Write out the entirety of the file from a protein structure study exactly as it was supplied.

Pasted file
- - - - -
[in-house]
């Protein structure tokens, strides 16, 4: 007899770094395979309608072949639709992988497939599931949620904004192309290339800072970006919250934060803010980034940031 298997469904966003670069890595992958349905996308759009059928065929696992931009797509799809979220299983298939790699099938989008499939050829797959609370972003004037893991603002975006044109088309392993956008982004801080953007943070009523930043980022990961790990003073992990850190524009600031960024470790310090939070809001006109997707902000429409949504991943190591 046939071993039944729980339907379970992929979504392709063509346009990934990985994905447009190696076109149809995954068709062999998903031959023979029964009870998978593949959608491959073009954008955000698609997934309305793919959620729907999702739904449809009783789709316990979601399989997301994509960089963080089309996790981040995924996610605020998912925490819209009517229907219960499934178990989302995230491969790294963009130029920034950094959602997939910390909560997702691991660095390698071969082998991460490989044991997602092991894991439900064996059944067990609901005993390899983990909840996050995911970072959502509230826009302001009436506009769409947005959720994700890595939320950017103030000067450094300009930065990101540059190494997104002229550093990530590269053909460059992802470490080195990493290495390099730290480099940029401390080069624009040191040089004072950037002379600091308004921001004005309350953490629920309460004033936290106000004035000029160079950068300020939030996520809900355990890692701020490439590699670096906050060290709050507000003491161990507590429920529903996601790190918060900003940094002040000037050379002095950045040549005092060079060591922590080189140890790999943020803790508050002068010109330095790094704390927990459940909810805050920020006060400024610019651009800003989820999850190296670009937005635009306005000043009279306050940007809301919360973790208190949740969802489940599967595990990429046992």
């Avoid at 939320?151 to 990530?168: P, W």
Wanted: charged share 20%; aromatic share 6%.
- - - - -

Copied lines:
[in-house]
């Protein structure tokens, strides 16, 4: 007899770094395979309608072949639709992988497939599931949620904004192309290339800072970006919250934060803010980034940031 298997469904966003670069890595992958349905996308759009059928065929696992931009797509799809979220299983298939790699099938989008499939050829797959609370972003004037893991603002975006044109088309392993956008982004801080953007943070009523930043980022990961790990003073992990850190524009600031960024470790310090939070809001006109997707902000429409949504991943190591 046939071993039944729980339907379970992929979504392709063509346009990934990985994905447009190696076109149809995954068709062999998903031959023979029964009870998978593949959608491959073009954008955000698609997934309305793919959620729907999702739904449809009783789709316990979601399989997301994509960089963080089309996790981040995924996610605020998912925490819209009517229907219960499934178990989302995230491969790294963009130029920034950094959602997939910390909560997702691991660095390698071969082998991460490989044991997602092991894991439900064996059944067990609901005993390899983990909840996050995911970072959502509230826009302001009436506009769409947005959720994700890595939320950017103030000067450094300009930065990101540059190494997104002229550093990530590269053909460059992802470490080195990493290495390099730290480099940029401390080069624009040191040089004072950037002379600091308004921001004005309350953490629920309460004033936290106000004035000029160079950068300020939030996520809900355990890692701020490439590699670096906050060290709050507000003491161990507590429920529903996601790190918060900003940094002040000037050379002095950045040549005092060079060591922590080189140890790999943020803790508050002068010109330095790094704390927990459940909810805050920020006060400024610019651009800003989820999850190296670009937005635009306005000043009279306050940007809301919360973790208190949740969802489940599967595990990429046992």
């Avoid at 939320?151 to 990530?168: P, W």
Wanted: charged share 20%; aromatic share 6%.